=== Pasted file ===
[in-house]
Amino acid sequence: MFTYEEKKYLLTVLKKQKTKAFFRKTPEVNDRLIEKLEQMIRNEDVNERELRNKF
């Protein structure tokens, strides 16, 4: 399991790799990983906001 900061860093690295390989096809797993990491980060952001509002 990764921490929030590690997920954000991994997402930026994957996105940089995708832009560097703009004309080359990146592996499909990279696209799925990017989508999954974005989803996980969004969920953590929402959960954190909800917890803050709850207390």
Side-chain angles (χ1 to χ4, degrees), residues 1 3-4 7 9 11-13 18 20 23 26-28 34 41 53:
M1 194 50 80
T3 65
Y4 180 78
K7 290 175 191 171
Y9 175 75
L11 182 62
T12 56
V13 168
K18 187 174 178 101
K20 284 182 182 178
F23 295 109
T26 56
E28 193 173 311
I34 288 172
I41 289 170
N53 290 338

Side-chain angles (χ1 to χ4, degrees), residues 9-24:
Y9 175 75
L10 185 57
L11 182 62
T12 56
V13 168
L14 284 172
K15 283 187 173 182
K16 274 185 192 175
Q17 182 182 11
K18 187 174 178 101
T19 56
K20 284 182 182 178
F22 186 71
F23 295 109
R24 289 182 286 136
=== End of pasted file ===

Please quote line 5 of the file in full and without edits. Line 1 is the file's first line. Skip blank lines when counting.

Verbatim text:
M1 194 50 80